Consent Decree

Consent decrees in educational disputes are negotiated equitable agreements between plaintiffs and defendants in elementary and secondary school settings and in higher education. They involve a wide array of issues, such as desegregation and special education, wherein courts accept the agreed-on settlements. In consent decrees in education, defendants, usually school boards or other educational entities, agree to discontinue specified illegal activities such as segregation based on race, disability, or gender. In fact, consent decrees are not so much judicial orders but rather more properly judicially approved agreements between the parties that are binding only on the parties to the agreement.

Following Brown v. Board of Education of Topeka (1954), wherein the Supreme Court struck down segregation in public schools based on race as violating the Equal Protection Clause of the Fourteenth Amendment, many school systems entered into judicially supervised consent decrees. These consent decrees sough to compel school boards and their officials to desegregate their districts as federal trial courts retained jurisdiction over the disputes until they fully complied with the terms of their agreements. Moreover, these decrees remained viable despite massive resistance, especially in the South. To this end, major Supreme Court cases on school desegregation, such as Swann v. Charlotte-Mecklenburg Board of Education (1971), Keyes v. School District No. 1, Denver, Colorado (1973); Board of Education of Oklahoma City Public Schools v. Dowell (1991), and Freeman v. Pitts (1992), all involved consent decrees, some of which were subject to judicial oversight for more than two decades. Hundreds of desegregation cases remain under the control of federal trial courts.

Consent decrees have also played a major role in the development of special education. In perhaps the most notable early dispute, Pennsylvania Association for Retarded Children v. Commonwealth of Pennsylvania (1971), parents challenged segregated programs, practices, and policies that deprived their children of equal educational opportunities under the Fourteenth Amendment’s Due Process and Equal Protection clauses. When officials representing the commonwealth agreed to abide by the terms proposed by the plaintiffs, the court’s granting its imprimatur to the agreement that the parties reached helped to pave the way for equitable treatment of children (and adults) with disabilities in education as well as in wider society.

Disputes in higher education have also involved consent decrees, even if courts have not always accepted their content. For example, in Adams v. Califano (1977), the federal trial court in Washington, D.C., rejected a proposed plan involving six states. The court refused to accept the plan, not only because it failed to comply with desegregation plans for Black schools in the states’ systems of higher education as mandated by the Department of Health, Education, and Welfare but also because it did not adequately increase Black enrollment at public White institutions of higher education. Further, although the Ninth Circuit rejected a consent decree that was designed to provide gender equity in interscholastic sports pursuant to Title IX in California’s state university system (Neal v. Board of Trustees of California State Universities, 1999), the outcome reveals that such agreements are often at the heart of attempts to reach decisions via alternative dispute resolution.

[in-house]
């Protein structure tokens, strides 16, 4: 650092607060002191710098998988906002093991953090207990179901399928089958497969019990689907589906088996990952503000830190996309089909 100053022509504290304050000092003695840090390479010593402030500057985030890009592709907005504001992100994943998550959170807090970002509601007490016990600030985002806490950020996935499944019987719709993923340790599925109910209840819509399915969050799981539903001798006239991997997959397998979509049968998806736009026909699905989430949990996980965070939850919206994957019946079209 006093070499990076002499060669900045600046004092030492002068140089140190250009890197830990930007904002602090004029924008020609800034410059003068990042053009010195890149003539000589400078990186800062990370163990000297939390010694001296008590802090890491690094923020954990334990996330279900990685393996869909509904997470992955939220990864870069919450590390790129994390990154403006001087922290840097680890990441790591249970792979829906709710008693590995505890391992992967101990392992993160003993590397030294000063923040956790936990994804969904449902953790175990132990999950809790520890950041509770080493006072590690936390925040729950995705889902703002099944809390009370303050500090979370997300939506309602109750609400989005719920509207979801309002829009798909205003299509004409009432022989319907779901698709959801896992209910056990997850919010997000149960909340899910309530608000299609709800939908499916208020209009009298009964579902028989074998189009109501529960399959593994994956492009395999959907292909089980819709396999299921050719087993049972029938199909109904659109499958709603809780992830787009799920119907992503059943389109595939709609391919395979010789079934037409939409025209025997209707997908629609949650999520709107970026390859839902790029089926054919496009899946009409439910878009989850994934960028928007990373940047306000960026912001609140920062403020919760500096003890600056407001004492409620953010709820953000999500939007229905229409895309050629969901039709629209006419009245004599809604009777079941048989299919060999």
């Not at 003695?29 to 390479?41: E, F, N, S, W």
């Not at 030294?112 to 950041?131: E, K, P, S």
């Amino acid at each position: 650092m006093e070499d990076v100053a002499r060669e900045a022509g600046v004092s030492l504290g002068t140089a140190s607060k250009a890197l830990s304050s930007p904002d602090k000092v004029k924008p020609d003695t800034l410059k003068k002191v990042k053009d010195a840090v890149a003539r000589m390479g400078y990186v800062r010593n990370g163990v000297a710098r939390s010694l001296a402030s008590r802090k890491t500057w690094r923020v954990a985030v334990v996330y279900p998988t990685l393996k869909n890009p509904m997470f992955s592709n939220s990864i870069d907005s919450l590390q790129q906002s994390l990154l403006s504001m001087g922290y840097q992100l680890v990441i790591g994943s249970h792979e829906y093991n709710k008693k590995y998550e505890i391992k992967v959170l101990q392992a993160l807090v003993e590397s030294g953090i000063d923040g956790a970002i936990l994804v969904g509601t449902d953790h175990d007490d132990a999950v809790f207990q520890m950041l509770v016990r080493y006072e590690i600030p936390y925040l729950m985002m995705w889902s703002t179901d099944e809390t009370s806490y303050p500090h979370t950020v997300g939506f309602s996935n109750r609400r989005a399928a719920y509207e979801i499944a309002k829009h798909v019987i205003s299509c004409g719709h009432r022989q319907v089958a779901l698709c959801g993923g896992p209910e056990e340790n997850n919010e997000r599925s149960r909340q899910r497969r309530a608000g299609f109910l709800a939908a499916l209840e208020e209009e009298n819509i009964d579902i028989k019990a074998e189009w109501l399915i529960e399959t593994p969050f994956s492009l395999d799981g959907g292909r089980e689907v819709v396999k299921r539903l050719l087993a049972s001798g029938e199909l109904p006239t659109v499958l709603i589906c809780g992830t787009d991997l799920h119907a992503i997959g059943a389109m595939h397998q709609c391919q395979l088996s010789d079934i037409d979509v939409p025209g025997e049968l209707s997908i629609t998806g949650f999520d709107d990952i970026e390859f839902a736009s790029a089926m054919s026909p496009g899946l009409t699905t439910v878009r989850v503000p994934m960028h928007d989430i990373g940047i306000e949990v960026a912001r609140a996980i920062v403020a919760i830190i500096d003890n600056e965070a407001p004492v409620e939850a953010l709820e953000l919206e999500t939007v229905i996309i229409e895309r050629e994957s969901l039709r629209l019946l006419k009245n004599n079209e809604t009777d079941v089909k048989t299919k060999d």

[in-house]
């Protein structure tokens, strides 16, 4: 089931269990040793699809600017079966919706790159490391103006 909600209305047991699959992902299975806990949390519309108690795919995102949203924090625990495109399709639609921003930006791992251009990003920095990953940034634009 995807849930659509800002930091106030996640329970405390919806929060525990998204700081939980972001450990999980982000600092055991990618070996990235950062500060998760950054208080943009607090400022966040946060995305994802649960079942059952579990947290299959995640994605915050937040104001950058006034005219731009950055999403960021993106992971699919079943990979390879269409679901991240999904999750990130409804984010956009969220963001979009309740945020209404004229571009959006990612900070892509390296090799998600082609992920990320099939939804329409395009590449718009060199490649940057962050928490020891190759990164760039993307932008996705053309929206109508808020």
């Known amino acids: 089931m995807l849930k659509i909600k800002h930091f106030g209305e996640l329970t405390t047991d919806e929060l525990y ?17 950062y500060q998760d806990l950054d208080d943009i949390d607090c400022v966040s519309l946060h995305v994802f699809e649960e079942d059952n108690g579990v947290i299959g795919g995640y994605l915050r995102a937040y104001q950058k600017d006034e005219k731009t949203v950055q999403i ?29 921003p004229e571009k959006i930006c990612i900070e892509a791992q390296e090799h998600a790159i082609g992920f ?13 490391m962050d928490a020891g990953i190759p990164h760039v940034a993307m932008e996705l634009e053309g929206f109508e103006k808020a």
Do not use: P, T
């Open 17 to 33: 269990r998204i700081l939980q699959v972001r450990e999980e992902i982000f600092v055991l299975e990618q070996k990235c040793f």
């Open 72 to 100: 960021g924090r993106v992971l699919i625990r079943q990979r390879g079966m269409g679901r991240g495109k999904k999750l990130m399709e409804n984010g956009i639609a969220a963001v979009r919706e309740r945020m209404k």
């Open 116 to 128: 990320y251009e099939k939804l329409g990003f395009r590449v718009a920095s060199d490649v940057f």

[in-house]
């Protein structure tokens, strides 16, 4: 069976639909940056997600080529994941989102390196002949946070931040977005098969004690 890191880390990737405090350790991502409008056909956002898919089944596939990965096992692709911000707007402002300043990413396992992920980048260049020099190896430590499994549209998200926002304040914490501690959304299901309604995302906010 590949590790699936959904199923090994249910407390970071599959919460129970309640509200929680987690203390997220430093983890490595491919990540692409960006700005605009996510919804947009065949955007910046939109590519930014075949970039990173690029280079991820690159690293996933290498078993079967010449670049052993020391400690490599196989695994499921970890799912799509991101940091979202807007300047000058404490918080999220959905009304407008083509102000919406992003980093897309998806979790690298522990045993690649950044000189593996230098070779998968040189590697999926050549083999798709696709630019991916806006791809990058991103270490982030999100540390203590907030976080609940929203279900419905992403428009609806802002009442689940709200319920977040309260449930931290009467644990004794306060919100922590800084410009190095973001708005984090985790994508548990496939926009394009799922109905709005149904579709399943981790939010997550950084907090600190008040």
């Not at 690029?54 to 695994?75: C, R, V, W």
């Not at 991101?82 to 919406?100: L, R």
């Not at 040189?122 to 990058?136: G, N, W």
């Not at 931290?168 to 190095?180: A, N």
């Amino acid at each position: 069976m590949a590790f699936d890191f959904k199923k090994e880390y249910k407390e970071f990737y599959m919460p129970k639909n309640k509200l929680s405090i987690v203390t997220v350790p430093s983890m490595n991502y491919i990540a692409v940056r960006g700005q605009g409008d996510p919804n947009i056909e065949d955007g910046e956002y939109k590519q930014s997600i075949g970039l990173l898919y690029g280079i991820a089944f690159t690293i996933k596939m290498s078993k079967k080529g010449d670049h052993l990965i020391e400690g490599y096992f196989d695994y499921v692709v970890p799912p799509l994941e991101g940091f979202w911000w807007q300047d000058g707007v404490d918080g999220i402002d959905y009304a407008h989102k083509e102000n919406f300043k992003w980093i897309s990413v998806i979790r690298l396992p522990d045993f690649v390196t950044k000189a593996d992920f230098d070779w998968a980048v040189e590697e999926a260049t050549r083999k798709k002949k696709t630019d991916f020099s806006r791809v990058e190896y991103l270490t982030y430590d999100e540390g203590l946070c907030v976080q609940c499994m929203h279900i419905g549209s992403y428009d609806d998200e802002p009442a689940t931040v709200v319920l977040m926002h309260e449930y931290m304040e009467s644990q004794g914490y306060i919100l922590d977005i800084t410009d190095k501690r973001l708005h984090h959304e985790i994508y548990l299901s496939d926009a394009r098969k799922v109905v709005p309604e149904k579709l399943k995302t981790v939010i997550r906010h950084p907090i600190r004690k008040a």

In sum, consent decrees can be viewed as worthwhile alternative tools in helping to avoid costly, often protracted, litigation. Moreover, even though adequate judicial monitoring to implement consent decrees can be costly, they can be a useful strategy to help resolve contentious disagreements in a manner that is still less costly and typically less confrontational, resulting in benefits for both plaintiffs and defendants.

Paul Green

See also Brown v. Board of Education of Topeka; Dowell v. Board of Education of Oklahoma City Public Schools; Freeman v. Pitts; Keyes v. School District No. 1, Denver, Colorado; Pennsylvania Association for Retarded Children v. Commonwealth of Pennsylvania; Swann v. Charlotte-Mecklenburg Board of Education

Further Readings

  • Amaker, N. (1988). Civil rights and the Reagan administration. Washington, DC: Urban Institute Press. 
  • Anderson, L. (1993). The approval and interpretation of consent decrees in civil rights class action litigation. University of Illinois Law Review, 3, 579–632. 
  • Dentler, R. A., Baltzell, D. C., & Sullivan, D. J. (1983). University on trial: The case of the University of North Carolina. Cambridge, MA: Abt Books. 
  • Prestage, J. J., & Prestage, J. L. (1989). The consent decree as a tool for desegregation in higher education. In W. D. Smith & D. Chunn (Eds.), Black education: A quest for equity and excellence (pp. 158–175). New Brunswick, NJ: Transaction. 
  • William, T. T. (1991). Student affirmative action in higher education: Addressing under-representation. In J. Altbach & K. Lomotey (Eds.), The racial crisis in higher education (pp. 107–133). Albany: State University of New York Press. 

Legal Citations